“You also misunderstand the market for ethanol, gasoline and renewable identification numbers (RINs), credits used by refiners to comply with the Renewable Fuel Standard (RFS). Ethanol is far less expensive than gasoline today, so adding more of a higher-octane, lower-priced fuel benefits both consumers and gasoline marketers. Moreover, there is a record supply of surplus RINs available today, driven by the unprecedented number of RFS compliance waivers granted to profitable refiners by former EPA Administrator Scott Pruitt. Those waivers reduced RFS demand by 2.25 billion gallons, causing us to wonder why the Journal believes refiners needed to get something in exchange for the regulatory relief President Trump provided ethanol.
“Far from benefiting from a “potpourri of government distortions,” ethanol is a cost-effective, clean-burning, value-added fuel that is stimulating investment in rural America and reducing costs at the pump.”
Today's newspaper also includes comments from Chris Sobolewski, of Collegevilla, Pa., who wrote:
“I dare any politician who thinks ethanol-blended gas is a great idea to try to start a two-stroke engine which has been sitting all winter in a shed with old 10% ethanol-mix fuel. You will take the piece of equipment to the curb for the next trash pickup. The E15 mix is going to be an even bigger disaster.
“For the record, I got tired of buying gas-powered weed whackers and have switched to a battery-powered unit. Is the secret plan to reduce our dependence on fossil fuel to give us gas that breaks our lawn equipment?”
— Mexican trucks could be impacted by updated NAFTA. The U.S. could stymie Mexican trucks providing long-haul trucking services beyond U.S. border commercial zones via annex language attached to the new USMCA (U.S.-Mexico-Canada) agreement. The annex says the U.S. “reserves the right” to limit “grants of authority for persons of Mexico to provide cross-border long-haul truck services” outside U.S. border commercial zones, if those limitations “are required to address material harm or the threat of material harm to U.S. suppliers, operators, or drivers.”
Under the provision, “material harm” means a significant loss in the share of the U.S. market for U.S.-owned long-haul truck companies “caused by or attributable to persons of Mexico.”
The provision was pushed by the International Brotherhood of Teamsters and the Owner-Operator Independent Drivers Association, which had worked for over 20 years to block NAFTA cross-border trucking provisions.
— Other items of note:
China reports ASF on large hog farm. China has now reported African swine fever (ASF) has been found on a farm in northeast Liaoning province that has nearly 20,000 hogs, the largest facility where the disease has been found. The large farm location was not specified, but the announcement from the Chinese Ministry of Agriculture said it was in Jinzhou city. The country said ASF had also been found on two smaller farms in the province in Panjin city.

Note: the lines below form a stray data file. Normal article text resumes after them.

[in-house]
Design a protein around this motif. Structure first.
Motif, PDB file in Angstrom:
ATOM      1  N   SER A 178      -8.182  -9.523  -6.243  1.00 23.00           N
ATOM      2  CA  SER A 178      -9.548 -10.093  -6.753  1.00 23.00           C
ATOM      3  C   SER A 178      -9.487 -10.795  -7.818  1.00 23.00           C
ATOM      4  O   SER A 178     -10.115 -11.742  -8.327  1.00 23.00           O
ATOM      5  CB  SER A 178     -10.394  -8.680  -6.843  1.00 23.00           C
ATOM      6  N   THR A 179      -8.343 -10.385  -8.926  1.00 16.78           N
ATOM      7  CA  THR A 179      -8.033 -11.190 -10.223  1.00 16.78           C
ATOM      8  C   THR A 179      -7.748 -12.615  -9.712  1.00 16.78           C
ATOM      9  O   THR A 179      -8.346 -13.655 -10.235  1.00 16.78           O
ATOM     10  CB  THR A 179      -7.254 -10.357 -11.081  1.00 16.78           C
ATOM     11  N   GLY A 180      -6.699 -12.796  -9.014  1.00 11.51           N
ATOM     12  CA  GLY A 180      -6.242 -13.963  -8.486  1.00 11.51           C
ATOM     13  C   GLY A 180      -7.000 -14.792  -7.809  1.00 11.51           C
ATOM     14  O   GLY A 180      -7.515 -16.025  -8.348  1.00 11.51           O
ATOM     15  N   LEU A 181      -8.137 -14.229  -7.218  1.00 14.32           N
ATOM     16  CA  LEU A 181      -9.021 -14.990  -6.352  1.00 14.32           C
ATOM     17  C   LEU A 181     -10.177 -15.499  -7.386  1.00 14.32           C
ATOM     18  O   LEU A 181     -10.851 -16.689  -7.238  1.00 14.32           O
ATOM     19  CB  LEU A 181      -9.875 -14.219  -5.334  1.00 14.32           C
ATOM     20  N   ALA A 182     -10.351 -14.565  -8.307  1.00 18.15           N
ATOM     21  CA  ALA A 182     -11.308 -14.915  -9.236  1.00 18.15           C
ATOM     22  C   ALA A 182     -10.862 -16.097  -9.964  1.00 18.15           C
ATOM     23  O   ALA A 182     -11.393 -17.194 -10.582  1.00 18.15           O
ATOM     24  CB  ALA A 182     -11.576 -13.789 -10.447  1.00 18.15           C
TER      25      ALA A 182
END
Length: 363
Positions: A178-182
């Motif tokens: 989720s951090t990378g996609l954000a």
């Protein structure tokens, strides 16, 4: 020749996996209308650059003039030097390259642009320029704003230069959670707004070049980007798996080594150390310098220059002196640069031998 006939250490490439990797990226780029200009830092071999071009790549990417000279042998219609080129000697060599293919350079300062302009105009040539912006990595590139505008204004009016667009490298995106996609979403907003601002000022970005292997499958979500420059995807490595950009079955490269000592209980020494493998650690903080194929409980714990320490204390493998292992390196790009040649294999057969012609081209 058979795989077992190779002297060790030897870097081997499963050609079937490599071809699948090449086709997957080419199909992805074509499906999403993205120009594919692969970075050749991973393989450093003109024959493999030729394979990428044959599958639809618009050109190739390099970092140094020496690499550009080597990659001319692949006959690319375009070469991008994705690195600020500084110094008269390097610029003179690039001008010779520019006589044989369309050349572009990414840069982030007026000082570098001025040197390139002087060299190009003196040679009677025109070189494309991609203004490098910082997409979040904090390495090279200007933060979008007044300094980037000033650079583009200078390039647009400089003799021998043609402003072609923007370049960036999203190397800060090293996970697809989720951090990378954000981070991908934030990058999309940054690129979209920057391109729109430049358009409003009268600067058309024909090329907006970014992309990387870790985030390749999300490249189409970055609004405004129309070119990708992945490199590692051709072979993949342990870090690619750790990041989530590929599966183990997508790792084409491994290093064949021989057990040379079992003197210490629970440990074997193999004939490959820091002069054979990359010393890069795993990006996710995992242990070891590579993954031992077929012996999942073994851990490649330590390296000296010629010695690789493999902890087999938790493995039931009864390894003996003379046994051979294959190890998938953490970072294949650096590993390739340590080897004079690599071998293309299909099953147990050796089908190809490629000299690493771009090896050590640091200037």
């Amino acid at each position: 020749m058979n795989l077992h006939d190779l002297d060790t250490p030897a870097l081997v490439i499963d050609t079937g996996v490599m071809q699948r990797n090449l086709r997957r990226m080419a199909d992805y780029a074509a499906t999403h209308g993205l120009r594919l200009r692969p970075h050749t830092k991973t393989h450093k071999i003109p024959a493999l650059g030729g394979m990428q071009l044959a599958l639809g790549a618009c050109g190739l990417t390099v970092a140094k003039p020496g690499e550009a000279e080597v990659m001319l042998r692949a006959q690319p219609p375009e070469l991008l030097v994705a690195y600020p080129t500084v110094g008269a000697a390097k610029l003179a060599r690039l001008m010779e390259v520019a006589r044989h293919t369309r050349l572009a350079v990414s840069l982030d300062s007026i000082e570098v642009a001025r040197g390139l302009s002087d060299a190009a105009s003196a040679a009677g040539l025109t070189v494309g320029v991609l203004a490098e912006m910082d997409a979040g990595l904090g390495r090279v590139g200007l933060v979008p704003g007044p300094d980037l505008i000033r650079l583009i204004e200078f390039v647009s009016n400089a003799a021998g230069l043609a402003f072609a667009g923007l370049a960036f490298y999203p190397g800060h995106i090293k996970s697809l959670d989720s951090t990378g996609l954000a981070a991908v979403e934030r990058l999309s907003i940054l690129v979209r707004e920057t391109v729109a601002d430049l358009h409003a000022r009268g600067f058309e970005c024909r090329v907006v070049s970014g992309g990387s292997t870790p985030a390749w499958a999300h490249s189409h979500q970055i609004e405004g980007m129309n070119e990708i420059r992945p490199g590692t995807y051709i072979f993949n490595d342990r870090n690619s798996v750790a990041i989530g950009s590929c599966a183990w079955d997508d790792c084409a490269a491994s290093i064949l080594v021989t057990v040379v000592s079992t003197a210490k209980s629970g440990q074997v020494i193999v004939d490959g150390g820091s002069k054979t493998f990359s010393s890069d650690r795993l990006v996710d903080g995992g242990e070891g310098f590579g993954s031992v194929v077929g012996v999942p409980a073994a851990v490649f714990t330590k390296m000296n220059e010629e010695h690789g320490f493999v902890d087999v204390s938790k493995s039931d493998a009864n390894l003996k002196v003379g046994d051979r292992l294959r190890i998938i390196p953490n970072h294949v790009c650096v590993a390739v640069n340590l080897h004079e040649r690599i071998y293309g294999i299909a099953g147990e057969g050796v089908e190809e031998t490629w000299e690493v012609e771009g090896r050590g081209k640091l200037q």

USDA to approve license for African swine fever virus. USDA’s Agriculture Research Service in today's Federal Register stated it intends to approve a license for Zoetis, Inc., to market its vaccine for the African swine fever virus. Comments must be received by Nov. 14, 2018. Link for details.
President Trump, seeking to counter China’s growing geopolitical influence, is embracing a major expansion of foreign aid that will bankroll infrastructure projects in Africa, Asia and the Americas. Link for details.
USDA on Friday issued $4.8 billion to producers through Agricultural Risk Coverage, Price Loss Coverage and the Conservation Reserve Program. USDA also announced $9.4 million in grants to help underserved and veteran farmers and ranchers with training and technical assistance.
Food, farm, environment and public health advocacy organizations today hold a press briefing to share their goals for the farm bill at this stage in the talks.
Reuters: Egypt said to be in talks with international banks on hedging commodities. Egypt has entered into talks with international banks with an eye on hedging their risks against rising commodity prices, according to Reuters. The talks are in initial stage, according to a government source. "We are not in advanced talks...we are surveying, taking presentations, not more than that," the source said, according to Reuters, adding that there was no deadline set for the completion of the talks. Several government units are working on the issue, with another source noting the effort was aimed at hedging against a rise in wheat prices. Egyptian officials have previously indicated they were contemplating a plan to hedge oil, but were waiting for market volatility to decline.